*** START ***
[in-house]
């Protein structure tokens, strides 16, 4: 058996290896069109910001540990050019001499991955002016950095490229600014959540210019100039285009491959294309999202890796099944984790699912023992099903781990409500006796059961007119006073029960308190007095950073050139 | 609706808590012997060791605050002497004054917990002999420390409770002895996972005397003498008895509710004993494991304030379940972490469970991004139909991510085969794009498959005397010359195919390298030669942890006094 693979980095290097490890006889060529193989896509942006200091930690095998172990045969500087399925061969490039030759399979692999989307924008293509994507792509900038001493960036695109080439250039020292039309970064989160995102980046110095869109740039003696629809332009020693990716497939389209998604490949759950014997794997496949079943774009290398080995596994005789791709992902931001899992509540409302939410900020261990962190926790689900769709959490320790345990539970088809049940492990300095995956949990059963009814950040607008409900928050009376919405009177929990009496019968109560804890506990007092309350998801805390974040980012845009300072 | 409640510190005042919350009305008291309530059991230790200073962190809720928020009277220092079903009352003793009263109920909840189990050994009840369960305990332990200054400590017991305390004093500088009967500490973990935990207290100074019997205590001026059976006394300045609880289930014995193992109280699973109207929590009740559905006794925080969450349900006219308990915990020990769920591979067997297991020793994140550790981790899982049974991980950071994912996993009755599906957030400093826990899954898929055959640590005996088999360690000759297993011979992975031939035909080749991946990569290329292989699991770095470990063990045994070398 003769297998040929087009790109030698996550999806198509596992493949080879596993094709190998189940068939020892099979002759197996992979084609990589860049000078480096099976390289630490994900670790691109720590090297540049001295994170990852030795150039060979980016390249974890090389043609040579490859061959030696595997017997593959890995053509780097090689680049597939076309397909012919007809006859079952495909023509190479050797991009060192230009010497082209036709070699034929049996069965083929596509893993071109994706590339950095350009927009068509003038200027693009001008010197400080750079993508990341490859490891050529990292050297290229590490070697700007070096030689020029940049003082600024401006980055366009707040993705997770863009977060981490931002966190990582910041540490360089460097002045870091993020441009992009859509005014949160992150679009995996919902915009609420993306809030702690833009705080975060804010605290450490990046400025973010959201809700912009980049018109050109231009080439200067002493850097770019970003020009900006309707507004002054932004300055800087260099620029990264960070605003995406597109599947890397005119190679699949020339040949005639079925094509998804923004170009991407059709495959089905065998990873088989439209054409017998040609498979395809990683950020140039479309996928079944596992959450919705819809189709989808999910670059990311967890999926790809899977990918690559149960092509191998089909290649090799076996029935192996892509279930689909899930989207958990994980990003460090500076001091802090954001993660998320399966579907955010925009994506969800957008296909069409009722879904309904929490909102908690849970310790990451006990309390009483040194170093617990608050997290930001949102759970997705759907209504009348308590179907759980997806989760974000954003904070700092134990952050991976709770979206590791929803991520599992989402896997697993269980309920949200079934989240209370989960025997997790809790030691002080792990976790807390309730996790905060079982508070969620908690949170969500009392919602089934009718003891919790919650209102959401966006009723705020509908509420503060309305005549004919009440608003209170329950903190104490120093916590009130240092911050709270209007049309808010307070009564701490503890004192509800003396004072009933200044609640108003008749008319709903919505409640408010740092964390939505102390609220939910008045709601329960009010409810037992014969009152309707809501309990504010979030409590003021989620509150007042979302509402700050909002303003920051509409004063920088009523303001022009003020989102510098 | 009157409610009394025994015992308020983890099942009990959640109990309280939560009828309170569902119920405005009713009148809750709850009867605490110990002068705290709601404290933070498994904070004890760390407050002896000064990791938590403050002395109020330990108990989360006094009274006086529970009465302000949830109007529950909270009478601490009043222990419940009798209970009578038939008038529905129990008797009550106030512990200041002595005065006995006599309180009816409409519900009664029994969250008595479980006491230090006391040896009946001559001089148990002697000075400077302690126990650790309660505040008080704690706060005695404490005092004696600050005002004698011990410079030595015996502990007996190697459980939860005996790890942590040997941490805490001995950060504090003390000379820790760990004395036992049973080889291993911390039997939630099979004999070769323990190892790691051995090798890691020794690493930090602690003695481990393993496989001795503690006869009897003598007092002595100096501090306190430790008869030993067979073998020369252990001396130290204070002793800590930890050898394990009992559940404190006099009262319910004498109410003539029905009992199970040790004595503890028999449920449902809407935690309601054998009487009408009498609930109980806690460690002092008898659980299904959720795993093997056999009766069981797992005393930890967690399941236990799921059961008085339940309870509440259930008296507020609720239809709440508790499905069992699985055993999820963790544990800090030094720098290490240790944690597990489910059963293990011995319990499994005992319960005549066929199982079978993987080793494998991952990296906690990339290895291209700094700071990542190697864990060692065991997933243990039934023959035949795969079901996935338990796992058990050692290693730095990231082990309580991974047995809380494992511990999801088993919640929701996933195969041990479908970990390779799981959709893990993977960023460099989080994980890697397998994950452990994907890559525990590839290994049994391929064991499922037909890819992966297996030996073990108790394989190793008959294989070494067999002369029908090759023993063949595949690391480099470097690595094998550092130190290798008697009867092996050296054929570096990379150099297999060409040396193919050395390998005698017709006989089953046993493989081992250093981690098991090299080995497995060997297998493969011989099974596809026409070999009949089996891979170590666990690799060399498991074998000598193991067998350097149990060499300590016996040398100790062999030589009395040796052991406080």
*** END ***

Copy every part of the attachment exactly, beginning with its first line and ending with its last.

[in-house]
């Protein structure tokens, strides 16, 4: 058996290896069109910001540990050019001499991955002016950095490229600014959540210019100039285009491959294309999202890796099944984790699912023992099903781990409500006796059961007119006073029960308190007095950073050139 | 609706808590012997060791605050002497004054917990002999420390409770002895996972005397003498008895509710004993494991304030379940972490469970991004139909991510085969794009498959005397010359195919390298030669942890006094 693979980095290097490890006889060529193989896509942006200091930690095998172990045969500087399925061969490039030759399979692999989307924008293509994507792509900038001493960036695109080439250039020292039309970064989160995102980046110095869109740039003696629809332009020693990716497939389209998604490949759950014997794997496949079943774009290398080995596994005789791709992902931001899992509540409302939410900020261990962190926790689900769709959490320790345990539970088809049940492990300095995956949990059963009814950040607008409900928050009376919405009177929990009496019968109560804890506990007092309350998801805390974040980012845009300072 | 409640510190005042919350009305008291309530059991230790200073962190809720928020009277220092079903009352003793009263109920909840189990050994009840369960305990332990200054400590017991305390004093500088009967500490973990935990207290100074019997205590001026059976006394300045609880289930014995193992109280699973109207929590009740559905006794925080969450349900006219308990915990020990769920591979067997297991020793994140550790981790899982049974991980950071994912996993009755599906957030400093826990899954898929055959640590005996088999360690000759297993011979992975031939035909080749991946990569290329292989699991770095470990063990045994070398 003769297998040929087009790109030698996550999806198509596992493949080879596993094709190998189940068939020892099979002759197996992979084609990589860049000078480096099976390289630490994900670790691109720590090297540049001295994170990852030795150039060979980016390249974890090389043609040579490859061959030696595997017997593959890995053509780097090689680049597939076309397909012919007809006859079952495909023509190479050797991009060192230009010497082209036709070699034929049996069965083929596509893993071109994706590339950095350009927009068509003038200027693009001008010197400080750079993508990341490859490891050529990292050297290229590490070697700007070096030689020029940049003082600024401006980055366009707040993705997770863009977060981490931002966190990582910041540490360089460097002045870091993020441009992009859509005014949160992150679009995996919902915009609420993306809030702690833009705080975060804010605290450490990046400025973010959201809700912009980049018109050109231009080439200067002493850097770019970003020009900006309707507004002054932004300055800087260099620029990264960070605003995406597109599947890397005119190679699949020339040949005639079925094509998804923004170009991407059709495959089905065998990873088989439209054409017998040609498979395809990683950020140039479309996928079944596992959450919705819809189709989808999910670059990311967890999926790809899977990918690559149960092509191998089909290649090799076996029935192996892509279930689909899930989207958990994980990003460090500076001091802090954001993660998320399966579907955010925009994506969800957008296909069409009722879904309904929490909102908690849970310790990451006990309390009483040194170093617990608050997290930001949102759970997705759907209504009348308590179907759980997806989760974000954003904070700092134990952050991976709770979206590791929803991520599992989402896997697993269980309920949200079934989240209370989960025997997790809790030691002080792990976790807390309730996790905060079982508070969620908690949170969500009392919602089934009718003891919790919650209102959401966006009723705020509908509420503060309305005549004919009440608003209170329950903190104490120093916590009130240092911050709270209007049309808010307070009564701490503890004192509800003396004072009933200044609640108003008749008319709903919505409640408010740092964390939505102390609220939910008045709601329960009010409810037992014969009152309707809501309990504010979030409590003021989620509150007042979302509402700050909002303003920051509409004063920088009523303001022009003020989102510098 | 009157409610009394025994015992308020983890099942009990959640109990309280939560009828309170569902119920405005009713009148809750709850009867605490110990002068705290709601404290933070498994904070004890760390407050002896000064990791938590403050002395109020330990108990989360006094009274006086529970009465302000949830109007529950909270009478601490009043222990419940009798209970009578038939008038529905129990008797009550106030512990200041002595005065006995006599309180009816409409519900009664029994969250008595479980006491230090006391040896009946001559001089148990002697000075400077302690126990650790309660505040008080704690706060005695404490005092004696600050005002004698011990410079030595015996502990007996190697459980939860005996790890942590040997941490805490001995950060504090003390000379820790760990004395036992049973080889291993911390039997939630099979004999070769323990190892790691051995090798890691020794690493930090602690003695481990393993496989001795503690006869009897003598007092002595100096501090306190430790008869030993067979073998020369252990001396130290204070002793800590930890050898394990009992559940404190006099009262319910004498109410003539029905009992199970040790004595503890028999449920449902809407935690309601054998009487009408009498609930109980806690460690002092008898659980299904959720795993093997056999009766069981797992005393930890967690399941236990799921059961008085339940309870509440259930008296507020609720239809709440508790499905069992699985055993999820963790544990800090030094720098290490240790944690597990489910059963293990011995319990499994005992319960005549066929199982079978993987080793494998991952990296906690990339290895291209700094700071990542190697864990060692065991997933243990039934023959035949795969079901996935338990796992058990050692290693730095990231082990309580991974047995809380494992511990999801088993919640929701996933195969041990479908970990390779799981959709893990993977960023460099989080994980890697397998994950452990994907890559525990590839290994049994391929064991499922037909890819992966297996030996073990108790394989190793008959294989070494067999002369029908090759023993063949595949690391480099470097690595094998550092130190290798008697009867092996050296054929570096990379150099297999060409040396193919050395390998005698017709006989089953046993493989081992250093981690098991090299080995497995060997297998493969011989099974596809026409070999009949089996891979170590666990690799060399498991074998000598193991067998350097149990060499300590016996040398100790062999030589009395040796052991406080």